Due to the flies’ phonotactic search method for hosts and the solitary nature of the adult mole crickets, it would seem advantageous for the flies to maximize the number of offspring per host. Under field conditions, however, the mean number of O. depleta larvae found within trapped Scapteriscus hosts is less than 2 (Amoroso 1990).
The closely related O. ochracea Bigot, a parasitoid of Gryllus spp. crickets, has an optimal laboratory clutch size of 4-5 larvae per host, but under field conditions only deposit 1.7 ± 1.0 (SD). larvae (Adamo et al. 1995). There must be some ecological advantage to depositing fewer larvae than what would appear to be the optimal number.
It may be that O. depleta does not suffer from any shortage of hosts. Mole crickets are certainly abundant and calling during certain times of the year, but at other times seemingly unavailable. Ormia depleta may be able to find non-calling mole crickets in other ways, or there may be alternative hosts. Adamo et al. (1995) concluded that host availability was not a likely factor in determining the number of larvae deposited on hosts by O. ochracea. Another possibility is that O. depleta is responding to a factor in the field that is greatly reduced in the laboratory, such as mortality of the hosts. Under laboratory conditions, mole crickets suffer little disease and no predation. Higher host mortality in the field may make it advantageous for parasitoid offspring to be located in multiple hosts and subsequently reduce the effects on their population due to host predation. This hypothesis is somewhat strengthened by the fact that O. depleta does not deposit eggs, but planidia larvae, so the female’s investment in parasitizing a host is already greater than that of an egg layer. Another laboratory factor that should be considered is hand-inoculating. The mole crickets that are hand-inoculated are unable to protect themselves in any way and have no opportunity to use any natural defenses such as brushing of planidia or retreating underground. This type of grooming has been observed in Gryllus spp. crickets after an encounter with O. ochracea (Adamo et al. 1995).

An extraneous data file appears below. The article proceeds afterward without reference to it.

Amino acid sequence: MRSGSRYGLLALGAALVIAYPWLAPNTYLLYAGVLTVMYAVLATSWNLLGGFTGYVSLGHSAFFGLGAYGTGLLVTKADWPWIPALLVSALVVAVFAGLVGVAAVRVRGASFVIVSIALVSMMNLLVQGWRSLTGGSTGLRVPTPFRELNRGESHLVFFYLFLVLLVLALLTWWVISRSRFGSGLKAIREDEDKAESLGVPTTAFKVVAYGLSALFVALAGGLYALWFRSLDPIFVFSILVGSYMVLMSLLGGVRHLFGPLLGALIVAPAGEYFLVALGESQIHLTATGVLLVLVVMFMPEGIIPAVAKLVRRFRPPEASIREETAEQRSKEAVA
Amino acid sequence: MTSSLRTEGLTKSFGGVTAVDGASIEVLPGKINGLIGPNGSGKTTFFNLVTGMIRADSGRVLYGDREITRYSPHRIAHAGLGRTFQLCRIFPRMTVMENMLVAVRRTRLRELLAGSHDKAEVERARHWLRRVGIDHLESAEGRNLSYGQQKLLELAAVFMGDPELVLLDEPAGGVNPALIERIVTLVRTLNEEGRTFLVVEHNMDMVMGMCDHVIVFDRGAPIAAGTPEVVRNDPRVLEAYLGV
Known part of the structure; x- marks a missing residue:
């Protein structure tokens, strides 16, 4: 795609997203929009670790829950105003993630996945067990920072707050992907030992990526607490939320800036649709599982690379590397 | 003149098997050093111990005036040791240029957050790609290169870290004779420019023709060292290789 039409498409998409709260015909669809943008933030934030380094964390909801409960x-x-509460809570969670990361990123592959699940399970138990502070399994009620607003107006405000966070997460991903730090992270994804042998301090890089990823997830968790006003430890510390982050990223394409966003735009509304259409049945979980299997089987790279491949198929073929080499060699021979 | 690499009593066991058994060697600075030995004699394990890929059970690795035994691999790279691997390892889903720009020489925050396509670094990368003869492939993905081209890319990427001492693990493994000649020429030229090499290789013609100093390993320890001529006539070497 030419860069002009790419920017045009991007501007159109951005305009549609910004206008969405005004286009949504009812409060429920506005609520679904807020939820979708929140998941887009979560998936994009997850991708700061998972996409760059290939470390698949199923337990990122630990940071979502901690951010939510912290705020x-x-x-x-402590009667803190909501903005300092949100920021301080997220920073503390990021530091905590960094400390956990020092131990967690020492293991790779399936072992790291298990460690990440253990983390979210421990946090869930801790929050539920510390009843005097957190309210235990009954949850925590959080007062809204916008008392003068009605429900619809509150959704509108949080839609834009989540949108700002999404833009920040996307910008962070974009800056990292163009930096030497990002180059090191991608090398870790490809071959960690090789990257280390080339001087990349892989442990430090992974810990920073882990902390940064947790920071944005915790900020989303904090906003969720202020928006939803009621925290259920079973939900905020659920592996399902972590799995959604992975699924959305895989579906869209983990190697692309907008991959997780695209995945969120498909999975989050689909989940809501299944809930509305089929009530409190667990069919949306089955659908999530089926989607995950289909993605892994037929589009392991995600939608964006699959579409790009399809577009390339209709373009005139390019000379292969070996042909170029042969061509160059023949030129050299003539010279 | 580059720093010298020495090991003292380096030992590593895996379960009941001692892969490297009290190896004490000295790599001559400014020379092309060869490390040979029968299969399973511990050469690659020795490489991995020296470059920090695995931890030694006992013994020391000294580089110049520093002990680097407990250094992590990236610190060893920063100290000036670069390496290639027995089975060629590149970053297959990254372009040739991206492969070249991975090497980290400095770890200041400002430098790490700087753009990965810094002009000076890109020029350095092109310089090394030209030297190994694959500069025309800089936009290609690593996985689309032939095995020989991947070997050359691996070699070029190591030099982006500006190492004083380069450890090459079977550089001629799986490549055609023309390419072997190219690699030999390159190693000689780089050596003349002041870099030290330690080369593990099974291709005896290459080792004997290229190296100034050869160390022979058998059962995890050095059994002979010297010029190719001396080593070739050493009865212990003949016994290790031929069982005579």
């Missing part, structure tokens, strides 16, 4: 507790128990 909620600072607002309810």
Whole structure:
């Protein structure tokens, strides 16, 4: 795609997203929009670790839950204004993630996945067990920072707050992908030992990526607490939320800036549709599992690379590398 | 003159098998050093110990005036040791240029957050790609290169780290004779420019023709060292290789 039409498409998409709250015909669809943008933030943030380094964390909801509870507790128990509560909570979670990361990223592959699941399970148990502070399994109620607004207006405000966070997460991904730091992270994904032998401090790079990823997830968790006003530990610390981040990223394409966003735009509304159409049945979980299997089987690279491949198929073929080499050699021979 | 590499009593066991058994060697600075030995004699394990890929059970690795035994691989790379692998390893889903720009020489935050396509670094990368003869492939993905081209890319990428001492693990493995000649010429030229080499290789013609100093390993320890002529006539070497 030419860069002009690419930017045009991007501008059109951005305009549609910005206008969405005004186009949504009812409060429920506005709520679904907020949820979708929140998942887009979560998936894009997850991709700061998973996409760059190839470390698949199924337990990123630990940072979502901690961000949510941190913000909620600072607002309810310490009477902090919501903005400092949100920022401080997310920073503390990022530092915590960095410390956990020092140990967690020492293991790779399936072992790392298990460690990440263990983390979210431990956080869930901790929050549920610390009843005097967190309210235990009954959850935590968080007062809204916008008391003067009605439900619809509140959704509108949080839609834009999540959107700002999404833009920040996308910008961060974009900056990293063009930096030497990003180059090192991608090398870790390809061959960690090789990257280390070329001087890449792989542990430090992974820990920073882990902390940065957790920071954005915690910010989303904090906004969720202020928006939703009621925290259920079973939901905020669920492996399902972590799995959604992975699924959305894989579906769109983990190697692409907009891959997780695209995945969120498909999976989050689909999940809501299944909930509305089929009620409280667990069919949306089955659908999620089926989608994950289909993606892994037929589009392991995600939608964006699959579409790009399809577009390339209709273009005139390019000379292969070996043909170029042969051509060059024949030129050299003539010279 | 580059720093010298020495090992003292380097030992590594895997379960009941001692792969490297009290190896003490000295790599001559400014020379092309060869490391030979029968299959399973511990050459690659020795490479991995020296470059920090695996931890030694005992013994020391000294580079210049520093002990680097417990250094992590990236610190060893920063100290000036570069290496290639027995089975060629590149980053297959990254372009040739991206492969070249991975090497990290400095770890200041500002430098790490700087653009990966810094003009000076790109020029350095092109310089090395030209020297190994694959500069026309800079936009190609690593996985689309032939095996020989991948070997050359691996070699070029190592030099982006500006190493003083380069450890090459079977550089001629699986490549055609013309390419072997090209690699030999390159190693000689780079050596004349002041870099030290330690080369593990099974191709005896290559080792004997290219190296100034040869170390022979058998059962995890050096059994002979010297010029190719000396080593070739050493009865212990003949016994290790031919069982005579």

The final reason for the low numbers of larvae found in field-captured hosts may be that there is a reduction in fitness caused by the high numbers of larvae used in this experiment. Reduced size is the easiest type of fitness reduction to observe, but many others may be at work. It may be that, due to competition, certain key resources are not available in sufficient amounts for the flies reared under superparasitoid conditions for the resulting adult flies to develop, mate, locate hosts, or reproduce properly. Many physiological deficiencies may result from superparasitoidism, and they may not be obvious either externally, or immediately (Waage & Ng 1984). These possibilities still remain for future research.
I thank Dr. J. Howard Frank and Dr. Robert Hemenway for help in this project as well as for their pioneering role in Ormia research. I also thank Alejandro Arevalo for assistance in the Spanish translation of the abstract.